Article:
Iranian authorities temporarily freed a pastor after keeping him in prison for 54 days.
Pastor Wilson Issavi of Assyrian Evangelical Church in Kermanshah, a remote city in Western Iran, was freed on bail Sunday evening, reported the Farsi Christian News Network. The pastor, who is described by FCNN as being in "good spirits," thanked the Lord for his freedom.
Issavi will remain free while he awaits further investigation and review of his charges by the court. He is accused by the Iranian government of "converting Muslims."
The Assyrian pastor was unexpectedly arrested by security forces on Feb. 2, while visiting a friend's house in the central city of Isfahan. For weeks, his family had no information about him. But after the media began covering his arrest and following outcry from international human rights groups, Iranian authorities contacted Issavi's wife and allowed her to visit her husband in prison.
His wife, during the prison visit, said she noticed evidence that he was tortured. She saw bruises and marks from beatings on his body. A prison officer told the pastor's wife before she left that her husband would receive the death penalty for evangelizing Muslims.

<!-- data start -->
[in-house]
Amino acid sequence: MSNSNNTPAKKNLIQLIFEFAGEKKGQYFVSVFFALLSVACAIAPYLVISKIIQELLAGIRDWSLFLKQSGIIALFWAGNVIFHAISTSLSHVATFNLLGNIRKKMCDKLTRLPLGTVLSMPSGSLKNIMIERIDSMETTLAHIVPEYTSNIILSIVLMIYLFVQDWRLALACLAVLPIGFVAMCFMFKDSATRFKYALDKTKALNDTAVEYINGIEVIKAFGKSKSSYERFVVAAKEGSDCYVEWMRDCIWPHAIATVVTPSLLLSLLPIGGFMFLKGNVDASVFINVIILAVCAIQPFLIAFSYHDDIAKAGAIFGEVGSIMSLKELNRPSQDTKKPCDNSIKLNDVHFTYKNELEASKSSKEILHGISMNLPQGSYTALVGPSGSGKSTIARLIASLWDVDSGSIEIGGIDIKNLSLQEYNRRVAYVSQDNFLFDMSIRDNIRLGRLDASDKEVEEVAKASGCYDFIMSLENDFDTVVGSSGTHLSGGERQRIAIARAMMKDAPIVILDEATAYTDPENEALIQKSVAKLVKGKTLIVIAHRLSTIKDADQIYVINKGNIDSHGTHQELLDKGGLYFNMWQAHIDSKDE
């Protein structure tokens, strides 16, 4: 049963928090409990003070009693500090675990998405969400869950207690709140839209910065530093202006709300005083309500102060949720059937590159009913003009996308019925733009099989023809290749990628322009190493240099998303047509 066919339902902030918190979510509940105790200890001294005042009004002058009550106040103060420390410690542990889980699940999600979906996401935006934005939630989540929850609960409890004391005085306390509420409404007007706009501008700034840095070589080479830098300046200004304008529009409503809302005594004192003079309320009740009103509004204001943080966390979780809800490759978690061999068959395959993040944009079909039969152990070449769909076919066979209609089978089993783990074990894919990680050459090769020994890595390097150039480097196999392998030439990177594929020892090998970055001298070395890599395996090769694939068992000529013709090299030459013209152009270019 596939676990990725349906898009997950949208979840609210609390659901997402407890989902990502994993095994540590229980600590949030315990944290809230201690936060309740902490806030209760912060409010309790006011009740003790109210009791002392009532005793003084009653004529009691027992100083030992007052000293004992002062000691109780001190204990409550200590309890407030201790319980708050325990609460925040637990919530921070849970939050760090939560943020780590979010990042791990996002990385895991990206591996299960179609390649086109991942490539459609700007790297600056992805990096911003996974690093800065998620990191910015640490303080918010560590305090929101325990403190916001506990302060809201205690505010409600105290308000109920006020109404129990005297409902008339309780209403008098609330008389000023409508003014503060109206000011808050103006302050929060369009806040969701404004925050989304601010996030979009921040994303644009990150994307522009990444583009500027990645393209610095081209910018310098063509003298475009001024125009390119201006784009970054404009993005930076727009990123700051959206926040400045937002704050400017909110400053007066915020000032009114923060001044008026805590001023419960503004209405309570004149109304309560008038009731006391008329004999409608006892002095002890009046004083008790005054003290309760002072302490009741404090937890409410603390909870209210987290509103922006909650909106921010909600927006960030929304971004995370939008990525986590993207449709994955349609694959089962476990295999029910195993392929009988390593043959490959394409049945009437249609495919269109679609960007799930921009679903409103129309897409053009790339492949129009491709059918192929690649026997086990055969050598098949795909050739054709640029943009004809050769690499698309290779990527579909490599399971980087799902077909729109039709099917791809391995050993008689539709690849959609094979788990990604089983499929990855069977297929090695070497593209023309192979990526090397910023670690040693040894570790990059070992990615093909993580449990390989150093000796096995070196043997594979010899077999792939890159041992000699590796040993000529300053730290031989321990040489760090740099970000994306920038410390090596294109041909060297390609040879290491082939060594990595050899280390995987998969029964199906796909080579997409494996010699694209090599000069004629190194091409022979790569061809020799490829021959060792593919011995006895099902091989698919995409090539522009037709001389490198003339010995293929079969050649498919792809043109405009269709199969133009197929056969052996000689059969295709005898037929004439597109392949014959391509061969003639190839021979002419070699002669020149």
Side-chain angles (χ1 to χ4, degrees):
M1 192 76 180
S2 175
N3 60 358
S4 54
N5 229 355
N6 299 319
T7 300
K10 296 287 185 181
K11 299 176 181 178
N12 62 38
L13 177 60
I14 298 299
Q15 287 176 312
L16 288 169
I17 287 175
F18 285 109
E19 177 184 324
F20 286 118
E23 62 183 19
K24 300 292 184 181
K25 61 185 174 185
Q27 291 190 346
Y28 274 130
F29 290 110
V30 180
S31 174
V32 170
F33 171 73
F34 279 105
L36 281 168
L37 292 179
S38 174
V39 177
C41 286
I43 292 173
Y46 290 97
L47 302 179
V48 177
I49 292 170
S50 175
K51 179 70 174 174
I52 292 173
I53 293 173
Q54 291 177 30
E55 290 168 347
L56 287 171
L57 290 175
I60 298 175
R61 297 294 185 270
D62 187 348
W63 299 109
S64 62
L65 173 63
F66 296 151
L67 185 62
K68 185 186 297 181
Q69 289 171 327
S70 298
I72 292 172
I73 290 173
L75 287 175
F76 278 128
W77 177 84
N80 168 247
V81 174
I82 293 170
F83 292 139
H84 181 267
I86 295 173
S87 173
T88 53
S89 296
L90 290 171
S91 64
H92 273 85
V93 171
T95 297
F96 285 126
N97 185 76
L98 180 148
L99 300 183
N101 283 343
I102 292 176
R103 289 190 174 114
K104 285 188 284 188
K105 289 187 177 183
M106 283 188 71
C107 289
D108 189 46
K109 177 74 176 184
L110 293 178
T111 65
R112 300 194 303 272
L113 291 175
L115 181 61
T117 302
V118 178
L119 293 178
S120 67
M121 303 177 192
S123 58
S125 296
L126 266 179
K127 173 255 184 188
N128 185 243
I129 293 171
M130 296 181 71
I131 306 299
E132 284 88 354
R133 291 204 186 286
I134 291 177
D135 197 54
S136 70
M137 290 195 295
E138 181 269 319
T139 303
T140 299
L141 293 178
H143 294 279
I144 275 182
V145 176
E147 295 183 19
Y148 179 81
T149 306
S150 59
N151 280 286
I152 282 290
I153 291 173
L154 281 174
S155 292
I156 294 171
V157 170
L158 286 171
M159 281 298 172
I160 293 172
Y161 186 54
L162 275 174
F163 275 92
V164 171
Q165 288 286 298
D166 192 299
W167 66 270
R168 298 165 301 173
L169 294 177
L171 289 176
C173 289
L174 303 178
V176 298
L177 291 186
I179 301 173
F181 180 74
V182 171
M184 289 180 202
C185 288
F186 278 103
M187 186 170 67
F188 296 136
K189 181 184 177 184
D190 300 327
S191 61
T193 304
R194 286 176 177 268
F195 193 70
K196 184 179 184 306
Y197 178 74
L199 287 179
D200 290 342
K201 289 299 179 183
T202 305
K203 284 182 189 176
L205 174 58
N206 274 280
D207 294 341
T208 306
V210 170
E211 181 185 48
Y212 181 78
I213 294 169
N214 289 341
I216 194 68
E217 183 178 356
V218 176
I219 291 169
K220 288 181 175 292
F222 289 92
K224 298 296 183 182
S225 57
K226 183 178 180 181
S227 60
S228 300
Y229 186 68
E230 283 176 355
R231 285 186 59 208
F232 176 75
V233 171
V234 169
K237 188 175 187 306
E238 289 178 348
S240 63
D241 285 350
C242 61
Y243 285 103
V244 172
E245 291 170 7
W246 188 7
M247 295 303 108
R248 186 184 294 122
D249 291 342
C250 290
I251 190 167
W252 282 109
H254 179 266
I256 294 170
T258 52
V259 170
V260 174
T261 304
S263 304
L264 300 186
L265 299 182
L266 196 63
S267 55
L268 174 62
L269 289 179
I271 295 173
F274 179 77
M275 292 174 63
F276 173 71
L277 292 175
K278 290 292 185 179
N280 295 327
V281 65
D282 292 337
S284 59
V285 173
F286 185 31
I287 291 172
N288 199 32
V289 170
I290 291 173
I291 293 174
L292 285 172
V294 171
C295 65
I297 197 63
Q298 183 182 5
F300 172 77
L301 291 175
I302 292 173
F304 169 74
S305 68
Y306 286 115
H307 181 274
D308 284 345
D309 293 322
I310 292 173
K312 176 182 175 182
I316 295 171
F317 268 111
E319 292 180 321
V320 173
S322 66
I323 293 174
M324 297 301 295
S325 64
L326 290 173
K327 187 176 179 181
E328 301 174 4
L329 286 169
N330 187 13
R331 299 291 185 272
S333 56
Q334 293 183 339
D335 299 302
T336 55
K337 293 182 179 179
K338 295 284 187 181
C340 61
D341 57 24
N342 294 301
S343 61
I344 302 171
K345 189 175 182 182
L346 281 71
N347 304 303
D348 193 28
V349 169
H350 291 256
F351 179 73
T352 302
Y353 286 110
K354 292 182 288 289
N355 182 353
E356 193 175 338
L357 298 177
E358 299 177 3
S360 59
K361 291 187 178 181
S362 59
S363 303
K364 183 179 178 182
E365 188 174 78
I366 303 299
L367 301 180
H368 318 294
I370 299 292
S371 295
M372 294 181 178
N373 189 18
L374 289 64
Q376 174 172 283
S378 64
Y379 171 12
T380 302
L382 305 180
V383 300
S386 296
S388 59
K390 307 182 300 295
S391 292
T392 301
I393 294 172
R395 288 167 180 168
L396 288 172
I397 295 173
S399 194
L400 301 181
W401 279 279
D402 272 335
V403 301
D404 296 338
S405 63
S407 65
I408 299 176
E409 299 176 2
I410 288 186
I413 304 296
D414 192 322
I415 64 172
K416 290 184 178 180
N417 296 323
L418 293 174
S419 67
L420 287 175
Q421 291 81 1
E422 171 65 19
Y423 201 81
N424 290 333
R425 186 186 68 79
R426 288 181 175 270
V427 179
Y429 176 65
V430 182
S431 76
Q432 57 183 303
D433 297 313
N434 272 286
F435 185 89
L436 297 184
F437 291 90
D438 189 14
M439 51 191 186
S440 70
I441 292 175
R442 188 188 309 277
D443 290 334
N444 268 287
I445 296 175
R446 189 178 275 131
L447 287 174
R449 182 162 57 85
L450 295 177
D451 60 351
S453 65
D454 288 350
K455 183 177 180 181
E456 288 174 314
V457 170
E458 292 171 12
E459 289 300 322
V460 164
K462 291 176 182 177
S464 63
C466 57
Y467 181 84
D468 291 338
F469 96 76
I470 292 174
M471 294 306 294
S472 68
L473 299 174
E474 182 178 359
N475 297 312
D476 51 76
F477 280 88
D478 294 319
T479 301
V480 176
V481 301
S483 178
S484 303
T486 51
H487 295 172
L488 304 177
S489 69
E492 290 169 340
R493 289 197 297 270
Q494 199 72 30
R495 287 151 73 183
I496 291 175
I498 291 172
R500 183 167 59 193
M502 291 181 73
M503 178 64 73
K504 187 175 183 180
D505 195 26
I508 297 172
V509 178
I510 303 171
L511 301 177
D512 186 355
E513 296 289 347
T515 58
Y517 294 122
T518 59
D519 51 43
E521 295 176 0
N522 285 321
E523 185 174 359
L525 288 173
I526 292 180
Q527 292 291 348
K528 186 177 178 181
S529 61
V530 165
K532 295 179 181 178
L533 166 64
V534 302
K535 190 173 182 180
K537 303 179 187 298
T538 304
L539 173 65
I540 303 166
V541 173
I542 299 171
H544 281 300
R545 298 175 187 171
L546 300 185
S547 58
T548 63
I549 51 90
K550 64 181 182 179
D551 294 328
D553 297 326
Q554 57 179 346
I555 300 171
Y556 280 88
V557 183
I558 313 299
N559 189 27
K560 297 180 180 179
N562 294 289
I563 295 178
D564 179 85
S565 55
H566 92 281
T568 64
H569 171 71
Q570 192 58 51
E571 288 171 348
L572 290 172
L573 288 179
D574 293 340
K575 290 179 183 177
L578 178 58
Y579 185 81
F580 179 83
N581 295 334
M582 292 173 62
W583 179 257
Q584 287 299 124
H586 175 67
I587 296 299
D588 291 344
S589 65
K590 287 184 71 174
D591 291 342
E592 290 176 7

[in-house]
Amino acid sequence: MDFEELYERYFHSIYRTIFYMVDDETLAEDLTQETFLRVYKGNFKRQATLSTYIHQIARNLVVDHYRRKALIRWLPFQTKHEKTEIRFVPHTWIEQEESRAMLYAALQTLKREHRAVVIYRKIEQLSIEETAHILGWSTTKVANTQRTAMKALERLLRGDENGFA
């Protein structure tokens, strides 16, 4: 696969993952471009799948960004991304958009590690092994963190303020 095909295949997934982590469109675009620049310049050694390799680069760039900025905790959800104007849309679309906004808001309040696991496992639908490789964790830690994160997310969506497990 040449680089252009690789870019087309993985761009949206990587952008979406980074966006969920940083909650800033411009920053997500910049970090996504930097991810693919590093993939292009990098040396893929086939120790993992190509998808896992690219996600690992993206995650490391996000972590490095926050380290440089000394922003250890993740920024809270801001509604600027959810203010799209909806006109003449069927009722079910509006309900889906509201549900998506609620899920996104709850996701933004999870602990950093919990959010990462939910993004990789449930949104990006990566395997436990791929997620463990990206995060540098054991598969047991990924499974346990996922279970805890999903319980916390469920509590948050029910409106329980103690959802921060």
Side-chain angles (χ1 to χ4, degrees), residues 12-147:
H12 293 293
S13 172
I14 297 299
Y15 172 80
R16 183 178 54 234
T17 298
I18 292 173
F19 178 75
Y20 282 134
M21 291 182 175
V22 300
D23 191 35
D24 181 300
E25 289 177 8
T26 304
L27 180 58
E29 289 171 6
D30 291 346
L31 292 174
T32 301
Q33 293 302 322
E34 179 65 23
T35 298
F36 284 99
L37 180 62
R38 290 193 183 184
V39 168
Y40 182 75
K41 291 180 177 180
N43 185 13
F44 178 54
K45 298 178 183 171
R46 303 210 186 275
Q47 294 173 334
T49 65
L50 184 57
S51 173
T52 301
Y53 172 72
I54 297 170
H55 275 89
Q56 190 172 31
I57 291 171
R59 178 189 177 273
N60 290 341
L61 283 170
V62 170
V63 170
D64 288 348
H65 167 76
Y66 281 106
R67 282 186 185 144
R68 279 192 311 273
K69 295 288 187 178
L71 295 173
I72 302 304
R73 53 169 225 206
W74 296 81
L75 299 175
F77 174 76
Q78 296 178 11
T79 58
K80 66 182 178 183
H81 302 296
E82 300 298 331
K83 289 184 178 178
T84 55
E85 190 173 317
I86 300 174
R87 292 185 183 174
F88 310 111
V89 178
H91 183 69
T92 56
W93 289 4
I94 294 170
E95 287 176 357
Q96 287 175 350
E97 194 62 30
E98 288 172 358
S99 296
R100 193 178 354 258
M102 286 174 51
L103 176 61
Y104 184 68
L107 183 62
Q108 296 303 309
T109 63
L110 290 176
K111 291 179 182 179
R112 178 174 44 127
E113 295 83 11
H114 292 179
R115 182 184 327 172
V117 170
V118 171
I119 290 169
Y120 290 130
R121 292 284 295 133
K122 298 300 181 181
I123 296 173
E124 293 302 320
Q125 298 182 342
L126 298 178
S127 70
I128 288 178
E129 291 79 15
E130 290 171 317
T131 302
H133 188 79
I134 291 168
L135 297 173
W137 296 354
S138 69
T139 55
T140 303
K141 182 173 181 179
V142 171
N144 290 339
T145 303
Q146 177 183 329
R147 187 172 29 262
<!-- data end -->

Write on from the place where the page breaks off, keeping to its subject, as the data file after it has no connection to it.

But since his release, Issavi has not given any detailed report on what he experienced during the 54 days in prison. He has told his family that although prison was a naturally difficult experience, a fisherman must expect his clothes to get wet and this is something inevitable, according to FCNN.
Issavi was arrested a month after the government shut down his Pentecostal church in January. He has not been allowed to enter the church since his release.
The Assyrian Evangelical Church in Kermanshah was among three churches that were shut down in the past year by security forces on charges of attempting to convert Muslims. None of the three churches have been given permission to reopen yet.
Christian persecution watchdog groups say that Issavi's arrest appears to be part of an anti-Christian campaign that started after June's contested election that sparked nationwide political protests. Authorities have been cracking down on Christian leaders, especially those living in Isfahan.
The U.S. State Department has designated Iran as a Country of Particular Concern every year since 1999 for its persecution of non-Shia Muslims.